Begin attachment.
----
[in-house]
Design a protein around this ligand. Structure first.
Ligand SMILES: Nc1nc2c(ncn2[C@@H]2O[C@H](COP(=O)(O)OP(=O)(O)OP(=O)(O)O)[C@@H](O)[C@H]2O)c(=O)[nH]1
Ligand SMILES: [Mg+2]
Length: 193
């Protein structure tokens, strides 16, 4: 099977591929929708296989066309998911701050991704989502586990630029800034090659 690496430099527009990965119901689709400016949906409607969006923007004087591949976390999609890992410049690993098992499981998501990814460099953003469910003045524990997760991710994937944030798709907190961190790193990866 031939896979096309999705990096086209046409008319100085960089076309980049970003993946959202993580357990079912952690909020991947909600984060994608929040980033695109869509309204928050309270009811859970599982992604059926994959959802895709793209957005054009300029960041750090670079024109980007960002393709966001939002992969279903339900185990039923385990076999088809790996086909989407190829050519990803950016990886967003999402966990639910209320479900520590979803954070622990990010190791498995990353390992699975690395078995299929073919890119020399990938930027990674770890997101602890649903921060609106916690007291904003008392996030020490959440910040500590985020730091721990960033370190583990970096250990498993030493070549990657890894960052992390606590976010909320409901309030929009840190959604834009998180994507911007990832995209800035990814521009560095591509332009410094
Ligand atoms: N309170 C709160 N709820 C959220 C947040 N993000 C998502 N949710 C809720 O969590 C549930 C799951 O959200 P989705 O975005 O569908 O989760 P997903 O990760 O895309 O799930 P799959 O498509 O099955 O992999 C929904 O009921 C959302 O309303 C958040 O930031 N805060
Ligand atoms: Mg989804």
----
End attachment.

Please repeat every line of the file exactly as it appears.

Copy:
[in-house]
Design a protein around this ligand. Structure first.
Ligand SMILES: Nc1nc2c(ncn2[C@@H]2O[C@H](COP(=O)(O)OP(=O)(O)OP(=O)(O)O)[C@@H](O)[C@H]2O)c(=O)[nH]1
Ligand SMILES: [Mg+2]
Length: 193
């Protein structure tokens, strides 16, 4: 099977591929929708296989066309998911701050991704989502586990630029800034090659 690496430099527009990965119901689709400016949906409607969006923007004087591949976390999609890992410049690993098992499981998501990814460099953003469910003045524990997760991710994937944030798709907190961190790193990866 031939896979096309999705990096086209046409008319100085960089076309980049970003993946959202993580357990079912952690909020991947909600984060994608929040980033695109869509309204928050309270009811859970599982992604059926994959959802895709793209957005054009300029960041750090670079024109980007960002393709966001939002992969279903339900185990039923385990076999088809790996086909989407190829050519990803950016990886967003999402966990639910209320479900520590979803954070622990990010190791498995990353390992699975690395078995299929073919890119020399990938930027990674770890997101602890649903921060609106916690007291904003008392996030020490959440910040500590985020730091721990960033370190583990970096250990498993030493070549990657890894960052992390606590976010909320409901309030929009840190959604834009998180994507911007990832995209800035990814521009560095591509332009410094
Ligand atoms: N309170 C709160 N709820 C959220 C947040 N993000 C998502 N949710 C809720 O969590 C549930 C799951 O959200 P989705 O975005 O569908 O989760 P997903 O990760 O895309 O799930 P799959 O498509 O099955 O992999 C929904 O009921 C959302 O309303 C958040 O930031 N805060
Ligand atoms: Mg989804």